Or... I’ve heard of a trick that involves removing the animal, sealing the cage up, and using dry ice to fill the cage with carbon dioxide. The carbon dioxide, being a heavy gas as well as a cold one, mostly sinks into the ground, suffocating the worms, but the plants are unharmed by it, then after a couple days you crack a window, open the cage up, and re-seed the root-bacteria. The complete dork in me kind of really wants to use THIS method, just because it sounds so cool. Does anybody have any idea what amount of dry ice would be appropriate for a 48X24X24 terrarium? I don’t want underkill, obviously, but I also don’t want to trigger off an "Ice-Nine" effect and freeze all the plants solid.

Right now Hengo’s still in her normal cage setup. I have one hornworm left, and it’s so huge I can’t believe it hasn’t pupated days ago. When I got home (again) tonight I plopped it into her dish and I’m going to wait a day or three to get this one more good solid meal into her before I start stressing her out with meds and habitat changes. At that point, how much I end up stripping and scrubbing the cage will depend on whether or not I have a viable alternative. I can do it the old-fashioned way if I have to, but since I’m not going to do it right this second anyway I lose nothing by exploring other options.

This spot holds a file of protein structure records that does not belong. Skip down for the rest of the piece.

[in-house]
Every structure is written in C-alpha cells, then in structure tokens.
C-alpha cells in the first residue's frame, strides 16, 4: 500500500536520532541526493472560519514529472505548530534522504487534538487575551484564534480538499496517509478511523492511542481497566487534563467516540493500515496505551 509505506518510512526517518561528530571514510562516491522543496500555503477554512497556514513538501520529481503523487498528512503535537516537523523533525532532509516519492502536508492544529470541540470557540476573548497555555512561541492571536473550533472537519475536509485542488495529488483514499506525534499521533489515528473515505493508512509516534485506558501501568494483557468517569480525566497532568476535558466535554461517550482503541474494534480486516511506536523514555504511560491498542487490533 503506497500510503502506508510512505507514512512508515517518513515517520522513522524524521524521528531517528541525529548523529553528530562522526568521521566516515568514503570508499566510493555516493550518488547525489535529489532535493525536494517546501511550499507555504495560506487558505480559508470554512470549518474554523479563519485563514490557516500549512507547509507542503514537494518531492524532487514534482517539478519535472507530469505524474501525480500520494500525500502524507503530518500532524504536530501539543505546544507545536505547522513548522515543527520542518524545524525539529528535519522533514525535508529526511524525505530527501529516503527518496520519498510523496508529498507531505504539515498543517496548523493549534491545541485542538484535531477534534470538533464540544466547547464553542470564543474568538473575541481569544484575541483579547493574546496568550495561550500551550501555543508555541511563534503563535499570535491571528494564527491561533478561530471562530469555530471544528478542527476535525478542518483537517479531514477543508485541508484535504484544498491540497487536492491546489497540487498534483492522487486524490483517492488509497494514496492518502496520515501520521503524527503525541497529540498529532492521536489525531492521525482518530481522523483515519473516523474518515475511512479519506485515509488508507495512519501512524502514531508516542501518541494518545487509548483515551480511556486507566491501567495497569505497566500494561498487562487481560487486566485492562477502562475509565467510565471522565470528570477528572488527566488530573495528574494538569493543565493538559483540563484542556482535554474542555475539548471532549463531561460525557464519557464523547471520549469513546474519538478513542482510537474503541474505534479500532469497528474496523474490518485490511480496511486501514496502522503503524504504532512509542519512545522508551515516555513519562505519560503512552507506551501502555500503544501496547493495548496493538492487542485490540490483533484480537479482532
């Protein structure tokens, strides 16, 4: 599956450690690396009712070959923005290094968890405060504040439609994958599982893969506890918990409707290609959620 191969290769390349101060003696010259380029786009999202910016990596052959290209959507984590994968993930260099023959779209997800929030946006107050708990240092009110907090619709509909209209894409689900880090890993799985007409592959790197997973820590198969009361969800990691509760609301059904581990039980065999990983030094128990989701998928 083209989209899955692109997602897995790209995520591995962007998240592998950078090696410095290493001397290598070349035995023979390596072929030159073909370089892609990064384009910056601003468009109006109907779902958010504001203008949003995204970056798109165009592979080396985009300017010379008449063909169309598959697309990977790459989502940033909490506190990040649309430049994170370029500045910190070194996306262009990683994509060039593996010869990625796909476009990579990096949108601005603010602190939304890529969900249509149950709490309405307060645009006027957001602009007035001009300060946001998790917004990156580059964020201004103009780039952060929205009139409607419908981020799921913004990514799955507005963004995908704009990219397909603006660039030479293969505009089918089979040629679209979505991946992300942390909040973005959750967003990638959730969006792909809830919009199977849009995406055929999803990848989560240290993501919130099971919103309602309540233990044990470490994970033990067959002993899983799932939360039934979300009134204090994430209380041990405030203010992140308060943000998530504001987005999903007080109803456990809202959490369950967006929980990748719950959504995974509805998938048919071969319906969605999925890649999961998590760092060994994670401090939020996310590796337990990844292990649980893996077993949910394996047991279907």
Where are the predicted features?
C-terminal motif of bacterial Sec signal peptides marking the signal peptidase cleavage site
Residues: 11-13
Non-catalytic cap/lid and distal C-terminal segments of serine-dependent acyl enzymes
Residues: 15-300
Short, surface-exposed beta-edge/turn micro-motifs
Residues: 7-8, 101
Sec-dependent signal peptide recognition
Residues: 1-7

03/29/11  11:48pm

 #2212309


Cphill58
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  Message To: JackAsp   In reference to Message Id: 2212113


 De-Worming a Live Terrarium. Suggestions?

Jack...dry ice will freeze plant matter IMO. Just getting the stuff is hard enough. Have you thought about getting a C02 paint ball canister for 20.00 and using that? IDK ...I euthanize rodents often enough and never thought about the yield ....4x2x2 sounds like a huge space to gas.

Here is what I purchased at a paint ball specialty store...not Sportmart or Big 5 ...too pricey



20 0z. canister, can’t recall if they have bigger but my guess is they do.
25.00 + 4.00 for refills. Canister is 19.99 valve is 5.00 , hose free, first fill up free. This C02 is cold and deadly...will it fill a 2x2x4 and do the job ???

Good luck ...